Entanglement with large systems (thermal environment) destroys coherence: transforms effectively a single, pure, entangled state into a statistical mixture ; at least if you keep your eye on the photons only.
    This is the essential message of decoherence theory.

    So you should not be surprised that you do not find a lot of references to "destruction of entanglement" :-)

  18. Apr 6, 2005 #17
    Again thank you. I was making this mistake.
    It has been many years since I worked with bra|kets, so be patient with me. I think your "(x)" is just indicating the product of the independent system state with the antisymmetric entangled state in the parentis following it and the + and - are generalized ways to state binary possibilities, like up or down for spins and horizontal/ vertical for polarizations. (Right?) My questions may also help others to follow.

    Is there only the antisymmetric state or does the now more complex (tied together) System S1 and 2 photon state also exist with + replacing the - above?

    What you are telling me is that Bohm may have a stronger point than I realized before in his book "the Undivided Universe" - but I still don't think he is correct in his basic idea of "guiding waves" going thru all paths, but particles only going thru one. (My objection centers on fact single electron waves can interfere with themselves and when many are present, each must "recognize" it own "guiding wave" and /or the guiding wave must recognize them- that requires all electrons to have a "tag" or "unique name" i.e. not be identical. - This problem is especially clear in a two path interferometer with different path lengths so that the guiding wave associated with electron that enters interferometer slightly before a second one has its guiding wave traveling the longer path overlap with the second electron going thru the shorter path.- First electron's guiding wave should not affect second electron's subsequent path, but would if it can not recognize it as not "its own" electron.)

    Hope you are familiar with Bohn's views - I gave this counter argument because I know DrChinese has read some of Bohm's works, and at least he should be interested in the above counter argument.

    I have spent a little time googling on entanglement. Unfortunately quantum secure exchange of code keys is such a hot topic it is hard to find simple things about the set up and destruction of coherence of the photons. I have learned that UV incident upon nonlinear crystal can produce pair of very well entangled visible photons. (I already knew one could "down shift" to get two, and even that one must try to use wavelengths and crystal orientations where there is little dispersion between f and f/2 to give longer interaction distance within the crystal. - That they are entangled is new information for me.)

    Because I think I understand the mechanism by which the non linear terms in crystal's response to UV photon's E field makes the two new photons, I would think that both have their E fields orientated parallel to the original UV's E field. DrChinese has been telling me I can't prepare entangled photons with a known polarization direction, if I have understood him correctly, but this seem to be easy to do, if I am correct about the mechanism by which they usually are made. i.e. Just pass the UV photon thru a polarizer before it enters the down splitting crystal. - Any comments by either of you?)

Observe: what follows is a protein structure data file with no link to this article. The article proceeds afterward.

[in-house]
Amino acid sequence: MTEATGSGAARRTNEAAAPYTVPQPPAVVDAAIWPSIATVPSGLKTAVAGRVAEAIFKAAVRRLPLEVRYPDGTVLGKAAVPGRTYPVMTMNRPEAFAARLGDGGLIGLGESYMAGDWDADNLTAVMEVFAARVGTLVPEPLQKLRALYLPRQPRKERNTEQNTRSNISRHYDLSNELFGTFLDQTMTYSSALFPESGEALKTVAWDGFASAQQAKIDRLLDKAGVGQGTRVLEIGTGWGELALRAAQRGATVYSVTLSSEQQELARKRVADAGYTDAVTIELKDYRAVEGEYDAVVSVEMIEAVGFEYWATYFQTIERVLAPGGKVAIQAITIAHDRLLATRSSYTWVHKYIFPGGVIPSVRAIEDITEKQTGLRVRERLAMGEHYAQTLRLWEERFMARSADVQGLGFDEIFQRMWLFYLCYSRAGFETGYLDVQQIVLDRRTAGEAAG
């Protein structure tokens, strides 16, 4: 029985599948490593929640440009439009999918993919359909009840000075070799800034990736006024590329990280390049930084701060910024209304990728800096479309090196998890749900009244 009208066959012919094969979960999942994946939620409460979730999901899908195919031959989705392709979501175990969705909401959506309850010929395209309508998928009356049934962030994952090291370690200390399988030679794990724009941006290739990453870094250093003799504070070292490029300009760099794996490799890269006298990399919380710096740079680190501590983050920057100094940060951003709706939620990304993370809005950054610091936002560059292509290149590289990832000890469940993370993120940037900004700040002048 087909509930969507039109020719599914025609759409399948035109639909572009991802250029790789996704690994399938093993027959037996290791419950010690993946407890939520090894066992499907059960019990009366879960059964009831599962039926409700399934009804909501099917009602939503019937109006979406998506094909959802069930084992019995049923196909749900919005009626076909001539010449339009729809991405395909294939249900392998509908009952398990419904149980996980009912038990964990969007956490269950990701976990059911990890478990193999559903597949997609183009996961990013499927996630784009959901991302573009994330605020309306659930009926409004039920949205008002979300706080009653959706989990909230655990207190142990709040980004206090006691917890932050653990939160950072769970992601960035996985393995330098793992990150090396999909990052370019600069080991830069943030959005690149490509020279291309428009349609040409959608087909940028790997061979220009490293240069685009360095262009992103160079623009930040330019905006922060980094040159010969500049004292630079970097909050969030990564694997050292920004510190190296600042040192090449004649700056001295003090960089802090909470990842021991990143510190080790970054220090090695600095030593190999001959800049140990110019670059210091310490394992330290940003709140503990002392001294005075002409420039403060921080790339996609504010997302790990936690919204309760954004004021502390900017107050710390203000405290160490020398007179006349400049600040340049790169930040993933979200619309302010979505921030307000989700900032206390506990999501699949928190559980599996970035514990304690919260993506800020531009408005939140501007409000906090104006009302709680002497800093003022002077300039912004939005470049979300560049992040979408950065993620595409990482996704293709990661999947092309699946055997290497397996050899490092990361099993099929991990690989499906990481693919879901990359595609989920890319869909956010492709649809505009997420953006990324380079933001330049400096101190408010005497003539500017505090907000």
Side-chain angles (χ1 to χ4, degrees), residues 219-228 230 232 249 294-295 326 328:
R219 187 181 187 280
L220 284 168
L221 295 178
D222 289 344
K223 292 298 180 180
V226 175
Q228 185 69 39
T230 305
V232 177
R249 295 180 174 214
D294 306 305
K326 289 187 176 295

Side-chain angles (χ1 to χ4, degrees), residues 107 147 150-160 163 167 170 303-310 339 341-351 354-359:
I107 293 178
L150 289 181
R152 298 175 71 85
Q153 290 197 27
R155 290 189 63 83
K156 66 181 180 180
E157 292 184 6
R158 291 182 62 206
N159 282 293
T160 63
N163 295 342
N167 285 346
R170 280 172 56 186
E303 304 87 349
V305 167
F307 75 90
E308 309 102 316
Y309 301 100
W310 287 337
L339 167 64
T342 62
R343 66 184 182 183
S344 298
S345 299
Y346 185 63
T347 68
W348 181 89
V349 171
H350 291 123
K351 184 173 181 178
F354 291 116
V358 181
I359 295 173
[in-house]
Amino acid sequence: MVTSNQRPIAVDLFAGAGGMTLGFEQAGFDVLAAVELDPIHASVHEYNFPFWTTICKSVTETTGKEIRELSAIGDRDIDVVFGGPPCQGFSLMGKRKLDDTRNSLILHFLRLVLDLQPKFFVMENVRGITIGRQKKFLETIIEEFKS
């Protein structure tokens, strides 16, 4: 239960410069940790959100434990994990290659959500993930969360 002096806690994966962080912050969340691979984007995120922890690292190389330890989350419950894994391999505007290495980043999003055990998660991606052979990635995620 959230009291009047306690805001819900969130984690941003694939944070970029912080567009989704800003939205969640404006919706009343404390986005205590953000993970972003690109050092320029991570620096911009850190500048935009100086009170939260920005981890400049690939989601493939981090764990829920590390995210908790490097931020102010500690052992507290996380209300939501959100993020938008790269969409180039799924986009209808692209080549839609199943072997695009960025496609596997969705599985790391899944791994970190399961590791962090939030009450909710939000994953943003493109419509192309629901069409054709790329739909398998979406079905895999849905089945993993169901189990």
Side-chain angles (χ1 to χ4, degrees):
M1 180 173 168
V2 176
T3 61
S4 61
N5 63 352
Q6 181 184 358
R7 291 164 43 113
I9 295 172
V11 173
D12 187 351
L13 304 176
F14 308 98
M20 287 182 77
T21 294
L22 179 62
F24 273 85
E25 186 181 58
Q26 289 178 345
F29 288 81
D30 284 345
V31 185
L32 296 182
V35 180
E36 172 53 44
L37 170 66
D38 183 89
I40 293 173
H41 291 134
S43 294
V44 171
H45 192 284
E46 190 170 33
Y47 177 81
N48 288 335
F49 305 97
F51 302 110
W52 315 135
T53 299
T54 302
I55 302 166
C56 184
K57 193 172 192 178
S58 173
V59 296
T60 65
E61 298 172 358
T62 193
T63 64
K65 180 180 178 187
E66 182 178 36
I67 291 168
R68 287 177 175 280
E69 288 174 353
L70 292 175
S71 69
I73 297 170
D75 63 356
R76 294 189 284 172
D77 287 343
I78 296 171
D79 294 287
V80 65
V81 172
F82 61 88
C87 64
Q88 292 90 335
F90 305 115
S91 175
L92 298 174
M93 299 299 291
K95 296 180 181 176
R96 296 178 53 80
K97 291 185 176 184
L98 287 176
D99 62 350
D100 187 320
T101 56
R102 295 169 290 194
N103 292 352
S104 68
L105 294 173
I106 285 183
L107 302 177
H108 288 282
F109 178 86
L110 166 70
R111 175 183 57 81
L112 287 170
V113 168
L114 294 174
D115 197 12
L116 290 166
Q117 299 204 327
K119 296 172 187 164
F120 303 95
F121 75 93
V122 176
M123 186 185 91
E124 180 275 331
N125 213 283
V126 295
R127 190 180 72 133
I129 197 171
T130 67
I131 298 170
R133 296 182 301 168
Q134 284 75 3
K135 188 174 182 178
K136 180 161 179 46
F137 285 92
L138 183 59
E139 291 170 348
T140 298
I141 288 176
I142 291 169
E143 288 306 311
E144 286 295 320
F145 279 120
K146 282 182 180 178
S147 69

Last edited: Apr 6, 2005
  19. Apr 7, 2005 #18


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    It was just an example, where system S interacts with photon 1, and ends up the way I wrote down. As I didn't specify exactly WHAT I meant with S+ and S-, you can take it as their definition. For instance, if somehow you can make a thing which, upon the passage of a photon in the state +, sets some water to boil and upon the passage of a photon in the state -, freezes the water, then S+ is the state "boiling water" and S- is the state "ice cubes".
    What is important, however, is that the interaction took place only with photon 1.

    Yes, there have been some discussions on this forum about Bohm which induced me to learn more about it. I have to say that Bohm wins in getting known: the more you learn about it, the nicer it seems. However, I'm not a Bohmian :-) I think it is a great model, illustrating a lot of misconceptions about quantum theory (such as that the probabilities are not "classical probabilities" ; the very existence of Bohms model shows that this idea is wrong). My main difficulty is that it screws (in its guiding equation) all the nice symmetries that led us to the correct quantum theory, the most important one being Lorentz invariance. But for non-relativistic quantum theory, it is really a nice "replacement".

    As far as I understand it (I'm no expert) there are 2 types of "parametric down conversion": I and II (hehe). The difference between the two is the orientation of the spins.

  20. Apr 9, 2005 #19
    Thnx for the contributions. It helps me to understand the strange phenomena of QM